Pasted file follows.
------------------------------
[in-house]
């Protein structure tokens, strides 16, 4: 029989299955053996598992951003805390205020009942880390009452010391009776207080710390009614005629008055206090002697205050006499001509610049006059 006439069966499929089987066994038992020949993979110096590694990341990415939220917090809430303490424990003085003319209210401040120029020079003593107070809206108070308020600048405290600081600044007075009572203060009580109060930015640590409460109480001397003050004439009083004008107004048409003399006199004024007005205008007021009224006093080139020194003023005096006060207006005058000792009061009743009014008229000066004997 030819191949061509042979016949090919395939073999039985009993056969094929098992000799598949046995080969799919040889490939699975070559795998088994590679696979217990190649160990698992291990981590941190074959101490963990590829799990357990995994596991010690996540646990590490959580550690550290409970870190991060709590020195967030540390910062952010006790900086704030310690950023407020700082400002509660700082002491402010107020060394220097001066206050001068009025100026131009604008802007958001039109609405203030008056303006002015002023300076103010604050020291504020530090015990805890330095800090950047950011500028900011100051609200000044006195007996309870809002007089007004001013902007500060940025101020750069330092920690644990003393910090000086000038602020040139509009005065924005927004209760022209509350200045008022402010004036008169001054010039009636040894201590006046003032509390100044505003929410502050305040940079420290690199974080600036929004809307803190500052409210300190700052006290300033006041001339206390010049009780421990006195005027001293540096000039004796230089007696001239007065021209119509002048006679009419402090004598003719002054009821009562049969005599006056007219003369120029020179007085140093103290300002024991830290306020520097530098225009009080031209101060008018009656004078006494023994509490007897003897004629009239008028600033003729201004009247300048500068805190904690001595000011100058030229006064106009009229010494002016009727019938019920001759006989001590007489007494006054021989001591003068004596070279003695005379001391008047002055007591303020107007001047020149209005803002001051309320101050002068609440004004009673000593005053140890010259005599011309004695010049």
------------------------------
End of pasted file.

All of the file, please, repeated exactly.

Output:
[in-house]
């Protein structure tokens, strides 16, 4: 029989299955053996598992951003805390205020009942880390009452010391009776207080710390009614005629008055206090002697205050006499001509610049006059 006439069966499929089987066994038992020949993979110096590694990341990415939220917090809430303490424990003085003319209210401040120029020079003593107070809206108070308020600048405290600081600044007075009572203060009580109060930015640590409460109480001397003050004439009083004008107004048409003399006199004024007005205008007021009224006093080139020194003023005096006060207006005058000792009061009743009014008229000066004997 030819191949061509042979016949090919395939073999039985009993056969094929098992000799598949046995080969799919040889490939699975070559795998088994590679696979217990190649160990698992291990981590941190074959101490963990590829799990357990995994596991010690996540646990590490959580550690550290409970870190991060709590020195967030540390910062952010006790900086704030310690950023407020700082400002509660700082002491402010107020060394220097001066206050001068009025100026131009604008802007958001039109609405203030008056303006002015002023300076103010604050020291504020530090015990805890330095800090950047950011500028900011100051609200000044006195007996309870809002007089007004001013902007500060940025101020750069330092920690644990003393910090000086000038602020040139509009005065924005927004209760022209509350200045008022402010004036008169001054010039009636040894201590006046003032509390100044505003929410502050305040940079420290690199974080600036929004809307803190500052409210300190700052006290300033006041001339206390010049009780421990006195005027001293540096000039004796230089007696001239007065021209119509002048006679009419402090004598003719002054009821009562049969005599006056007219003369120029020179007085140093103290300002024991830290306020520097530098225009009080031209101060008018009656004078006494023994509490007897003897004629009239008028600033003729201004009247300048500068805190904690001595000011100058030229006064106009009229010494002016009727019938019920001759006989001590007489007494006054021989001591003068004596070279003695005379001391008047002055007591303020107007001047020149209005803002001051309320101050002068609440004004009673000593005053140890010259005599011309004695010049």